Ch. 3, v. 19: "B'zei'as a'pecho tochal lechem" - With the sweat of your brow will you eat bread - The medrash says that after this punishment Odom had to plow to be able to have produce grow. However, the results of plowing one time gave him enough food for 40 years. We see from this that although we must work to put food on the table a minimum amount is sufficient to meet the quota of "sweat of your brow." Anything beyond this is not the curse on Odom, but rather, our own self-inflicted curse. (V'ho'ish Moshe)

Ch. 3, v. 19: "B'zei'as a'pecho tochal lechem" - With the sweat of your brow will you eat bread - The verse in Chavakuk 1:11 says, "Vataas odom kidgei ha'yom," You have made mankind as the fish of the sea. The gemara A.Z. 4a says that this means that just as a larger fish swallows a smaller one, so too, one who is stronger than his fellow man would swallow him if not for the fear of retribution by the government.

This could well be a description of how people act towards each other in pursuit of a livelihood. The comparison to fish is a lesson in how to go about this. Although sometimes a larger fish swallows a smaller one by coming from behind, many times the smaller fish senses this and speeds away. However, when a smaller fish swims face to face towards a larger fish it is a lost case and it is almost always swallowed. This is of great benefit for the larger fish. Had it swallowed the smaller fish from behind, the smaller fish's fins would enter raised against the innards of the larger fish and it would cause some damage and surely pain. By swallowing a fish that happened to come its way face to face, the swallowed fish's fins are pressed down as it enters the narrowing insides of the swallower.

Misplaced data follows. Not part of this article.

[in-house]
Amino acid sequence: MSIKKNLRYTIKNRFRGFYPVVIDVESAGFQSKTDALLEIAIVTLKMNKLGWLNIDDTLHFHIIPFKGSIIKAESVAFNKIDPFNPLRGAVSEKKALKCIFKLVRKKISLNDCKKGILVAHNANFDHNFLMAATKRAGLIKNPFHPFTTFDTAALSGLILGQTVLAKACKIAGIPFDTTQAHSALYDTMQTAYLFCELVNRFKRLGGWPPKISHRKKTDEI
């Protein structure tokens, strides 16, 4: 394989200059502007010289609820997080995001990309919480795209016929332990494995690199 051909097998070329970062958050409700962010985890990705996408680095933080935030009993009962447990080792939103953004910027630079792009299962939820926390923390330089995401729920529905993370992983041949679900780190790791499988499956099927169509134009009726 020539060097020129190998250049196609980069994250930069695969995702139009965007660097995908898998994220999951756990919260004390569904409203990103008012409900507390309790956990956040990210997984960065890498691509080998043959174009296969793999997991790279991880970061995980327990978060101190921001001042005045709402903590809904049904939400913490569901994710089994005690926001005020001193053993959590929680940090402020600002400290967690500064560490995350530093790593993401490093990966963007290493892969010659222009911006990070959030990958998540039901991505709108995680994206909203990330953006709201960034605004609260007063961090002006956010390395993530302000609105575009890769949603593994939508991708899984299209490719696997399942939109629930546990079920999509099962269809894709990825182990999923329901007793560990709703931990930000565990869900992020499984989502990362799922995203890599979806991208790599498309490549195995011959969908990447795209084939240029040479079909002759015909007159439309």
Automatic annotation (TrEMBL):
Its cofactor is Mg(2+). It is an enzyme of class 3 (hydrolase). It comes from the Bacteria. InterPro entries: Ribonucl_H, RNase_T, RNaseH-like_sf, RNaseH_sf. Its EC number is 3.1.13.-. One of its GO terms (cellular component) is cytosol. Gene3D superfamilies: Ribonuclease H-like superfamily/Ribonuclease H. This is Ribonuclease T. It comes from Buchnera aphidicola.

There is an immense lesson here for mankind. If one were to run after a meal, a money making opportunity, by sneaking up from behind, he will inevitably suffer from it. However, if he pursues a livelihood by taking advantage of what comes his way, face to face, the resultant profit will have no barbs. (Birkas Avrohom of Slonim)



See also Oroh V'Simchoh - Meshech Chochmoh on the Weekly Parsha, Chasidic Insights and Chamisha Mi Yodei'a